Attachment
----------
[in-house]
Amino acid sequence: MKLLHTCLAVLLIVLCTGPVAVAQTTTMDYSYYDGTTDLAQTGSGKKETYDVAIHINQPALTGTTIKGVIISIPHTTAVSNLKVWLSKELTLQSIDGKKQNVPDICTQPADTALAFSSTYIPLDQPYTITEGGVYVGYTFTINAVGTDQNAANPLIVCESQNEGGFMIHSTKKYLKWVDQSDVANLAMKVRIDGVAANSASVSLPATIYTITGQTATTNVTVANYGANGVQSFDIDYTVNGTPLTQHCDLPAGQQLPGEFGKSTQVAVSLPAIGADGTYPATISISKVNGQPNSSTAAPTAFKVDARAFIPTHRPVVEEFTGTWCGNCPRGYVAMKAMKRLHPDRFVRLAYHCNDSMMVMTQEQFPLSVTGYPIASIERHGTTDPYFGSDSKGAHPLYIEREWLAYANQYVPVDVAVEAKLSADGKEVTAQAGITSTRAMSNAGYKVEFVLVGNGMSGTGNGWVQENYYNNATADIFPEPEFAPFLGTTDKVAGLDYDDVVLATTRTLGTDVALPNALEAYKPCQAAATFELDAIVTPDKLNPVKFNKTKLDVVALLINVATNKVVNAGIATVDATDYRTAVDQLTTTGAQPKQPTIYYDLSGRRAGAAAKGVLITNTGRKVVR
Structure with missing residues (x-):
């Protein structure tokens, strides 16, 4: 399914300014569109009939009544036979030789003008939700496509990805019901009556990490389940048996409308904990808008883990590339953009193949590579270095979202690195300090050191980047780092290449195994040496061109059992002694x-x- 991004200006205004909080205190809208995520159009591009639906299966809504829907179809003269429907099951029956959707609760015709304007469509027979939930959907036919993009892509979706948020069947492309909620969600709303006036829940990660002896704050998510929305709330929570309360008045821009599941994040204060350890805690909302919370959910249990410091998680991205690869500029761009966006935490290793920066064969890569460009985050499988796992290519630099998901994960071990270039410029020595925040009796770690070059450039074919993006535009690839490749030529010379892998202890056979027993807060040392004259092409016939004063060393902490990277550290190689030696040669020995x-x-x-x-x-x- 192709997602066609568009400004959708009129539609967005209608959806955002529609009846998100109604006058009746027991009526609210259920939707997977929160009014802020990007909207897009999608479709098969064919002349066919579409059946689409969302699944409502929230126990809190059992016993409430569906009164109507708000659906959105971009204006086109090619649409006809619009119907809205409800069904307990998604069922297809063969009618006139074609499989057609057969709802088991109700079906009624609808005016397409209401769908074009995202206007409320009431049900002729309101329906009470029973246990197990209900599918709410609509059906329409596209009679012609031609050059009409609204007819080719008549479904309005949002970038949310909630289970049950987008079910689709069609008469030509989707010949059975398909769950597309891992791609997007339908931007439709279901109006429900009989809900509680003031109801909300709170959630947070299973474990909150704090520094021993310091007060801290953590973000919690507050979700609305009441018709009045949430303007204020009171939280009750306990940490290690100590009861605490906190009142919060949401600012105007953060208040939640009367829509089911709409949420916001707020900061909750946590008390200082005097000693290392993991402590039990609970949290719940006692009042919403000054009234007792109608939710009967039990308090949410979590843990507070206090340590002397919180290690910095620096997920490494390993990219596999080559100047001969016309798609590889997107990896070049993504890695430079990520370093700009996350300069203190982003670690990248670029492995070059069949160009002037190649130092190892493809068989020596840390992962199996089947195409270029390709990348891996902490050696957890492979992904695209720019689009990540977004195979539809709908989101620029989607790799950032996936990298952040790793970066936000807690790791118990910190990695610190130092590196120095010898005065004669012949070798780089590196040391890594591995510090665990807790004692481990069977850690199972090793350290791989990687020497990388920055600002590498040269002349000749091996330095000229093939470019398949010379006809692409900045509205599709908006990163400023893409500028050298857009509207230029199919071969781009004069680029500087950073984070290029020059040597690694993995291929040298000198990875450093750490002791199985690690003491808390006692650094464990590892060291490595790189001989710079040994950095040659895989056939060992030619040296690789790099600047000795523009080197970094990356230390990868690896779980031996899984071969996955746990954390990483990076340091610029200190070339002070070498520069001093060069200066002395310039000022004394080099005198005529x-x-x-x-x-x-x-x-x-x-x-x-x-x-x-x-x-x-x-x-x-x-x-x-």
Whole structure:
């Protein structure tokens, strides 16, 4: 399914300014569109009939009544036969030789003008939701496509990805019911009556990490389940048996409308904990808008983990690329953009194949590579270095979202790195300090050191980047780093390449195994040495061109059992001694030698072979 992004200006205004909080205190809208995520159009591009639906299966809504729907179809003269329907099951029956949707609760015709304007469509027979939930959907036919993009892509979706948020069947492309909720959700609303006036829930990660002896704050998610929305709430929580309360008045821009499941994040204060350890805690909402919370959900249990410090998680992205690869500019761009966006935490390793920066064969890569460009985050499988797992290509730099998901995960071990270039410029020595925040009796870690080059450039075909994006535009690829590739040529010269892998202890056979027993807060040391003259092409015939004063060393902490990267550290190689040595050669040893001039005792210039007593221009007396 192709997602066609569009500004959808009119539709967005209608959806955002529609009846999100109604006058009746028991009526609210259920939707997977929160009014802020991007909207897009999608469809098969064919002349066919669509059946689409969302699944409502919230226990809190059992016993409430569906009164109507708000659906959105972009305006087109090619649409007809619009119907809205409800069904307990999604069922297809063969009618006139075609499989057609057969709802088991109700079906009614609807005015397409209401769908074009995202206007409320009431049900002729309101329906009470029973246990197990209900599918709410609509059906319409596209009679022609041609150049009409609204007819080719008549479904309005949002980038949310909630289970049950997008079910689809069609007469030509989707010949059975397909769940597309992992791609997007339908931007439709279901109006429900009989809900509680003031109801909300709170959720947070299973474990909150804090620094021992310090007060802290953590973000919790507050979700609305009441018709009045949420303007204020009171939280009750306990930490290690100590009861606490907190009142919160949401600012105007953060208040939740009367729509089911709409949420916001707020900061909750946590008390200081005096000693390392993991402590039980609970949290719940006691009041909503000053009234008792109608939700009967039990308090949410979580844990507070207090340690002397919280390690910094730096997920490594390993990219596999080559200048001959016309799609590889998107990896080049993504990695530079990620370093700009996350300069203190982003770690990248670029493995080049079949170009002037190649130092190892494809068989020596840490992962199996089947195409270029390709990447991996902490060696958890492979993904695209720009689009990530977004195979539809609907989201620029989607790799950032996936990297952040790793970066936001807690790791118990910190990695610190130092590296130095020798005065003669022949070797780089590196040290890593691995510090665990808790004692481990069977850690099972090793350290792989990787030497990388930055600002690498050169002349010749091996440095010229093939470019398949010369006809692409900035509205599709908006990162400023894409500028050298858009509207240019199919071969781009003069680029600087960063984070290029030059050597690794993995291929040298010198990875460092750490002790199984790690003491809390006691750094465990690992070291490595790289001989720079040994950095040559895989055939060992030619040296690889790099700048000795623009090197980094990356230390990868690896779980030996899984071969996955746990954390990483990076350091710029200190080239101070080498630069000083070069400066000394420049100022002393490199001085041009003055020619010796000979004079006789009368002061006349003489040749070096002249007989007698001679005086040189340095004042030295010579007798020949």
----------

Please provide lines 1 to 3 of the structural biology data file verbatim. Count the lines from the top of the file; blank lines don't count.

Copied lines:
[in-house]
Amino acid sequence: MKLLHTCLAVLLIVLCTGPVAVAQTTTMDYSYYDGTTDLAQTGSGKKETYDVAIHINQPALTGTTIKGVIISIPHTTAVSNLKVWLSKELTLQSIDGKKQNVPDICTQPADTALAFSSTYIPLDQPYTITEGGVYVGYTFTINAVGTDQNAANPLIVCESQNEGGFMIHSTKKYLKWVDQSDVANLAMKVRIDGVAANSASVSLPATIYTITGQTATTNVTVANYGANGVQSFDIDYTVNGTPLTQHCDLPAGQQLPGEFGKSTQVAVSLPAIGADGTYPATISISKVNGQPNSSTAAPTAFKVDARAFIPTHRPVVEEFTGTWCGNCPRGYVAMKAMKRLHPDRFVRLAYHCNDSMMVMTQEQFPLSVTGYPIASIERHGTTDPYFGSDSKGAHPLYIEREWLAYANQYVPVDVAVEAKLSADGKEVTAQAGITSTRAMSNAGYKVEFVLVGNGMSGTGNGWVQENYYNNATADIFPEPEFAPFLGTTDKVAGLDYDDVVLATTRTLGTDVALPNALEAYKPCQAAATFELDAIVTPDKLNPVKFNKTKLDVVALLINVATNKVVNAGIATVDATDYRTAVDQLTTTGAQPKQPTIYYDLSGRRAGAAAKGVLITNTGRKVVR
Structure with missing residues (x-):